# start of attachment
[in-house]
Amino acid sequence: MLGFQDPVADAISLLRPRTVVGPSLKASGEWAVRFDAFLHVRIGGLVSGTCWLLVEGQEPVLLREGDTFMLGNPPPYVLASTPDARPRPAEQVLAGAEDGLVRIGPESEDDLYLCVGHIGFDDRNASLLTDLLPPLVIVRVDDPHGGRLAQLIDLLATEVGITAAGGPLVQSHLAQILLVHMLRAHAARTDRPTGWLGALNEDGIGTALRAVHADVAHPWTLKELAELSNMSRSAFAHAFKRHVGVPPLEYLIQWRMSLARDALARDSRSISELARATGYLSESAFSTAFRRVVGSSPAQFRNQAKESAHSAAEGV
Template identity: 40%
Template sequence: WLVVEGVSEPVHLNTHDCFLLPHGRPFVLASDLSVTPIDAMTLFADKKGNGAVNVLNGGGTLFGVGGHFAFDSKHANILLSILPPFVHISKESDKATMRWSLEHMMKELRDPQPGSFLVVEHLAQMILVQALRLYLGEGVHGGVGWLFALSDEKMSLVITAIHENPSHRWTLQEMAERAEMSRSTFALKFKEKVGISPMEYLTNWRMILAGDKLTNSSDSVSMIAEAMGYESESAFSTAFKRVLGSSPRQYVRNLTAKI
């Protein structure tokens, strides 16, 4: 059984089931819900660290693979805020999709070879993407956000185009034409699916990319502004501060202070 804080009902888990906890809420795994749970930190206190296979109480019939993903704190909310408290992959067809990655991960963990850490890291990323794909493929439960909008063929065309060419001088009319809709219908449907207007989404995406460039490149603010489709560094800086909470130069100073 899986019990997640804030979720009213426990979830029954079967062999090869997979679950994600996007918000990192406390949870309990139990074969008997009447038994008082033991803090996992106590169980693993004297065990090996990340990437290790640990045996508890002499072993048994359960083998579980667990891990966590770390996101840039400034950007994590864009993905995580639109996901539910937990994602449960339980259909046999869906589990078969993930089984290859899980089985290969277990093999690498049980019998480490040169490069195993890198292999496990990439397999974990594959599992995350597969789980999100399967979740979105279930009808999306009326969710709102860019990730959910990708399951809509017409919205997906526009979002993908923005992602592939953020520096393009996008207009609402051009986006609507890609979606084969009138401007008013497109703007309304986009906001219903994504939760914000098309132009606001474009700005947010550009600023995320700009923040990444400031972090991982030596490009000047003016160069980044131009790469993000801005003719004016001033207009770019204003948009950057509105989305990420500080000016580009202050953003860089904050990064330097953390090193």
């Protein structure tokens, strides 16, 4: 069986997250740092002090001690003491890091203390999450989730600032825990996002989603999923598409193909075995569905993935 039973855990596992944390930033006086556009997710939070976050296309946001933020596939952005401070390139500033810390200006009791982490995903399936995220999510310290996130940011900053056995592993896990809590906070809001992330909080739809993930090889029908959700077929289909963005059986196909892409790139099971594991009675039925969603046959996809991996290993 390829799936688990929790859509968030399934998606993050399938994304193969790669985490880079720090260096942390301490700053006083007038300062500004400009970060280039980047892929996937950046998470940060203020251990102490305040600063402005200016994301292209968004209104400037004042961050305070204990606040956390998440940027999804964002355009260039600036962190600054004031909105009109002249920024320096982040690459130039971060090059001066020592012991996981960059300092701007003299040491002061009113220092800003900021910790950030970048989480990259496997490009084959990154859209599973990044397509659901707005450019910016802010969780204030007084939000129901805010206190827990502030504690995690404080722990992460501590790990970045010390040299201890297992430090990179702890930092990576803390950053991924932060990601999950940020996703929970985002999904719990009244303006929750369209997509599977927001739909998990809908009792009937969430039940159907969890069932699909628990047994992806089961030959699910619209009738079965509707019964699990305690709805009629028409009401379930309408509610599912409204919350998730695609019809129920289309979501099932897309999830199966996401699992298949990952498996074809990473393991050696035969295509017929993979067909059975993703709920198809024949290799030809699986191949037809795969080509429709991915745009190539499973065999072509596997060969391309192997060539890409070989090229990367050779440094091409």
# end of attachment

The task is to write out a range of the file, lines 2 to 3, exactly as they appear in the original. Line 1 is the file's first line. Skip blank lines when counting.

Amino acid sequence: MLGFQDPVADAISLLRPRTVVGPSLKASGEWAVRFDAFLHVRIGGLVSGTCWLLVEGQEPVLLREGDTFMLGNPPPYVLASTPDARPRPAEQVLAGAEDGLVRIGPESEDDLYLCVGHIGFDDRNASLLTDLLPPLVIVRVDDPHGGRLAQLIDLLATEVGITAAGGPLVQSHLAQILLVHMLRAHAARTDRPTGWLGALNEDGIGTALRAVHADVAHPWTLKELAELSNMSRSAFAHAFKRHVGVPPLEYLIQWRMSLARDALARDSRSISELARATGYLSESAFSTAFRRVVGSSPAQFRNQAKESAHSAAEGV
Template identity: 40%